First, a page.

CLARENDON — The first draft of an ordinance that would ban marijuana sales in town is heavily modeled after one passed by the city of Newport.
“My part of this so far is I’ve talked to the gentleman in Newport, Vermont, who designed, crafted the one there, his name is Seth Disanto, he’s the police chief there,” said Art Peterson, head of the marijuana ordinance committee, at a Select Board meeting on Feb. 25. “He wrote the one this is virtually copied from. I talked to him a little bit about what he did, why he did it, I researched the Vermont statutes, annotated, they’re on here, just to get some background on what they mean.”
Over the summer, the Select Board and Planning Commission both talked briefly about crafting a marijuana ordinance for Clarendon, but the consensus at the time was the Legislature hadn’t moved far enough along with creating a taxed, regulated market for it, and so there was little reason to ban sales locally. Since then, there’s been motion in the Legislature, namely the Senate voting on Friday to advance a bill that would create commercial regulations for marijuana sales effective by April 2021.
Peterson was tapped by the Select Board on Feb. 4 to head up the local marijuana committee. Peterson said that Clarendon resident John Colvin has agreed to join him. He said they’ve been talking online but haven’t met in person to discuss the matter.
“John Colvin has reached out to towns that also have ordinances,” said Peterson at the Feb. 25 meeting. “Seth DiSanto said I’m one of many who’ve gotten a hold of him to do the same thing. John Colvin is talking to Ludlow, Weathersfield, even Rutland City is fooling around with something. This is happening throughout, from what I can gather at this point.”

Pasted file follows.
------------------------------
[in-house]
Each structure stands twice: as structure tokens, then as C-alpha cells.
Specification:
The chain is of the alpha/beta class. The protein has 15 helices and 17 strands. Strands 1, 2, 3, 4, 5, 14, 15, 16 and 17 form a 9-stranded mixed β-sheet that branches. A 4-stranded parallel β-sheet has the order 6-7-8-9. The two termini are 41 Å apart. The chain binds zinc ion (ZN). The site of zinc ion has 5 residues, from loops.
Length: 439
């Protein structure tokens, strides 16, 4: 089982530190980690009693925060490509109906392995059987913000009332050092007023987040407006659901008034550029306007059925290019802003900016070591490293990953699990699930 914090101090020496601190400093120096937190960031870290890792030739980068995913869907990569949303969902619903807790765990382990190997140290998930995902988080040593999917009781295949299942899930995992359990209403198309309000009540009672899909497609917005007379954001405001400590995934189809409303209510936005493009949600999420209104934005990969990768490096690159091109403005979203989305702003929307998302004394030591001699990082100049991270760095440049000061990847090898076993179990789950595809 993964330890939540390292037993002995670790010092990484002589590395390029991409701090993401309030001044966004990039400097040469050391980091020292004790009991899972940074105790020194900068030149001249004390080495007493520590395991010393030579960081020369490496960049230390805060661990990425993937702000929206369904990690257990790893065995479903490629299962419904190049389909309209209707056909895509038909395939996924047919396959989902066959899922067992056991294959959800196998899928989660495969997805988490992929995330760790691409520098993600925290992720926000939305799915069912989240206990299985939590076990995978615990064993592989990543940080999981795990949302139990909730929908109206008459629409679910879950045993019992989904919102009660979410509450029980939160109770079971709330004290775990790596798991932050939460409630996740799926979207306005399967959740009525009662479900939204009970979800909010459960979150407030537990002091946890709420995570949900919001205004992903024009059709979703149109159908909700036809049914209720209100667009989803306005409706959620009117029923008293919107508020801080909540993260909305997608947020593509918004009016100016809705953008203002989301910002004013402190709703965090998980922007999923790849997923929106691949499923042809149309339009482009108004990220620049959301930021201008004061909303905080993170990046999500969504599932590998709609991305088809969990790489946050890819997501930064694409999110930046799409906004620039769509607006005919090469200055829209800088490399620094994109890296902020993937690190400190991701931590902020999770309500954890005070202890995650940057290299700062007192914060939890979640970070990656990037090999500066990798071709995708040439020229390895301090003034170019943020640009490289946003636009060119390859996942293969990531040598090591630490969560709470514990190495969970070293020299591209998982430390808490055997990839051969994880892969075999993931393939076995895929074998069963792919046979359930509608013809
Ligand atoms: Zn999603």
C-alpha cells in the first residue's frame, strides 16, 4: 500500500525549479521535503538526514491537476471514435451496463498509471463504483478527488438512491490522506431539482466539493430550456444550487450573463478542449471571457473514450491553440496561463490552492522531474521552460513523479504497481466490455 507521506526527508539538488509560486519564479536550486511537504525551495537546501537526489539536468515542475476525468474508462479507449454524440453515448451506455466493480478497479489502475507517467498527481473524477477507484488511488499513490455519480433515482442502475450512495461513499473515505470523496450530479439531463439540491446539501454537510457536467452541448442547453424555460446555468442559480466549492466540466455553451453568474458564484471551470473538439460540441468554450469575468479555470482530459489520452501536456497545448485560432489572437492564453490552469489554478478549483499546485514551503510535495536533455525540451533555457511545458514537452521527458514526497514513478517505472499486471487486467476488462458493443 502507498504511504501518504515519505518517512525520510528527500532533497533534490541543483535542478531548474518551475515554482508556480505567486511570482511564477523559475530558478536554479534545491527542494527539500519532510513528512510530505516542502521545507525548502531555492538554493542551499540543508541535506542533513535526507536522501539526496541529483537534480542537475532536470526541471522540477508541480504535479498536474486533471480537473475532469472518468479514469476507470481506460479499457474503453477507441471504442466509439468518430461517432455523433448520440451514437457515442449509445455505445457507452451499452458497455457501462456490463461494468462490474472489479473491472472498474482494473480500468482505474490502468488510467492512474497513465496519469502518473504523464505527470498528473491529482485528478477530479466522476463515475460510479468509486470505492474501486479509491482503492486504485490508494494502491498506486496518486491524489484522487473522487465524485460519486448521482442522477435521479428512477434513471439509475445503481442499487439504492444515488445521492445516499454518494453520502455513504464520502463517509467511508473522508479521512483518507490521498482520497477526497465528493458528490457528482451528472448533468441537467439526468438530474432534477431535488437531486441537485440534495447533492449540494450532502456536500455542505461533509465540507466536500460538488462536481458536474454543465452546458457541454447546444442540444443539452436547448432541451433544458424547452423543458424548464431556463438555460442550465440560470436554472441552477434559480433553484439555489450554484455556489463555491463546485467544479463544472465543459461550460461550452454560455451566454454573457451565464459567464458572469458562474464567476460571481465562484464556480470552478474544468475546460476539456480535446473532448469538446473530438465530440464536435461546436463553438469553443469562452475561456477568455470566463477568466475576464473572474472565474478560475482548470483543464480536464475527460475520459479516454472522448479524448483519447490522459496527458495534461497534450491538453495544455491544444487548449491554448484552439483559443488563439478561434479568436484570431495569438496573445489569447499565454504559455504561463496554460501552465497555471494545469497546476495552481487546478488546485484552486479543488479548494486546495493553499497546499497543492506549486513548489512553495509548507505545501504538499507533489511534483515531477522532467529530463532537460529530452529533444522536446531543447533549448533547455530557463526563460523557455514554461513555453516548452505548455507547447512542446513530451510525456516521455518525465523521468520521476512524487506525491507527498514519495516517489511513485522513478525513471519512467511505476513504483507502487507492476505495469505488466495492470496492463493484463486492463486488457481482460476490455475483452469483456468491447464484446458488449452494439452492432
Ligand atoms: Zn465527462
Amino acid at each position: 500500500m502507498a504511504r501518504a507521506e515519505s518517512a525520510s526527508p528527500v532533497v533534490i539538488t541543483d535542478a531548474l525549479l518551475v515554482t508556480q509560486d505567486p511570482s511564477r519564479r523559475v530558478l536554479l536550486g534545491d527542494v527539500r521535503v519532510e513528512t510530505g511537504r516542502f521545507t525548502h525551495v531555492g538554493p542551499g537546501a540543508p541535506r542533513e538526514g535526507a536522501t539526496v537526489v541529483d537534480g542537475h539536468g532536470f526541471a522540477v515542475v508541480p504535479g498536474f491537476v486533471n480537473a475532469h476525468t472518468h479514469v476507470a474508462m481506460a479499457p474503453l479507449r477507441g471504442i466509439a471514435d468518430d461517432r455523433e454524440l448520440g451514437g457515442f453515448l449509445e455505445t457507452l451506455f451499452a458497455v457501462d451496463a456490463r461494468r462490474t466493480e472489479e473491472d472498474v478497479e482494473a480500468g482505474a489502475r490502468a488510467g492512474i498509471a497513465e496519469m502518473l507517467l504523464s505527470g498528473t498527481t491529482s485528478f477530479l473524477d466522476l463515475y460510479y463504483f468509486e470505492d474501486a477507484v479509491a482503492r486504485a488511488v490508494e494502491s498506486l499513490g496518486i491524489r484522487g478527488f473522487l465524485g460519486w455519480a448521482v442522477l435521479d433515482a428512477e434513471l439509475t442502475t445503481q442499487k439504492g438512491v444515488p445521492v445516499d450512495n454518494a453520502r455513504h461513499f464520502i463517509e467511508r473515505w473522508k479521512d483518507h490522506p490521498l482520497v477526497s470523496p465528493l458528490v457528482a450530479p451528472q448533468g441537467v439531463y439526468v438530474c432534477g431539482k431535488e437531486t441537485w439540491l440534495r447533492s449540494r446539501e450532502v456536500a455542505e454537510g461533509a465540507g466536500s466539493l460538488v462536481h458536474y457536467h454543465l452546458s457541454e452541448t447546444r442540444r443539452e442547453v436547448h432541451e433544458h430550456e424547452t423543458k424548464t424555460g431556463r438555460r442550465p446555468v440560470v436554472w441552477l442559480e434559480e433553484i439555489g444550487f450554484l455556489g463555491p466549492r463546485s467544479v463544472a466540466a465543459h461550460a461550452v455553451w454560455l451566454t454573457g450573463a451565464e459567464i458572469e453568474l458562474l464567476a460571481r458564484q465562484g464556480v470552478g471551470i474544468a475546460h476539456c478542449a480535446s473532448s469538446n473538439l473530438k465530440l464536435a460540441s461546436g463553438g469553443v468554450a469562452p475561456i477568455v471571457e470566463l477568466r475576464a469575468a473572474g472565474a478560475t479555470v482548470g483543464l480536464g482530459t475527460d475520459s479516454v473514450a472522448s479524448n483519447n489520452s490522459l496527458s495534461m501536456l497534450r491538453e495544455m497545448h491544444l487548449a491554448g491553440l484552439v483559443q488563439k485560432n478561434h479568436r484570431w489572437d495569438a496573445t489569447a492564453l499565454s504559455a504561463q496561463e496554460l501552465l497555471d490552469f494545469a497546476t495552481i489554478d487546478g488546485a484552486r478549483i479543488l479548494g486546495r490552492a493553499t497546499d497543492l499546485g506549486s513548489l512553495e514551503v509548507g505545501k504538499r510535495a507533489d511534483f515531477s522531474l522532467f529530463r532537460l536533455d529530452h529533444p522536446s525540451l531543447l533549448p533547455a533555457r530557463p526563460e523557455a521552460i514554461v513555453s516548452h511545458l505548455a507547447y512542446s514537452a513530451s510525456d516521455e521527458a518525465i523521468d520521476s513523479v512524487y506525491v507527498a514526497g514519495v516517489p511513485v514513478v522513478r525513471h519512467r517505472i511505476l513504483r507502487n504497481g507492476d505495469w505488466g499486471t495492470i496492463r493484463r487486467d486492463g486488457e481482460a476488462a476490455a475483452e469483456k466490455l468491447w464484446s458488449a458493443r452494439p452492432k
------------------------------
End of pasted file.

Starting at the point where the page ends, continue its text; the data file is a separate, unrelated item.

Peterson said he’s only made minor changes to the Newport ordinance that tailor it to Clarendon.
“It made no sense to me to put our own words in here,” Peterson said. “This one is on the books and working.”
Select Board Chairman Mike Klopchin said there might ultimately be legal challenges to such ordinances, but given they’ve been passed in Vermont and other places, that might not be an issue.
Peterson said that based on his research, the town has the authority to pass such an ordinance.
“I would submit it’s better to have this and make somebody fight to get their lousy, crappy store here,” he said.
Selectman Robert Congdon Jr. said he’d been questioned by constituents about how far the ordinance would go, and if it would affect things like hemp and CBD oil.
“I’m not an expert on this and don’t ever want to be,” said Peterson. “As far as tinctures, oils, solvents and edibles, when I think of this being written by a police chief in a city in this state, I have to think there’s a pretty good reason this has been prohibited. I don’t know what those reasons are, I don’t know what a guy can do with oil that doesn’t have marijuana in it, but there’s probably a way he can do something with it and mix it with something, I don’t know. We can look into it.”
Peterson said he and Colvin will do more research and perhaps refine the draft ordinance.
“One thing that’s been suggested to me is we keep this out of the zoning realm and in the ordinance realm,” he said. “Ordinances affect behavior, zoning affects building, people and places.”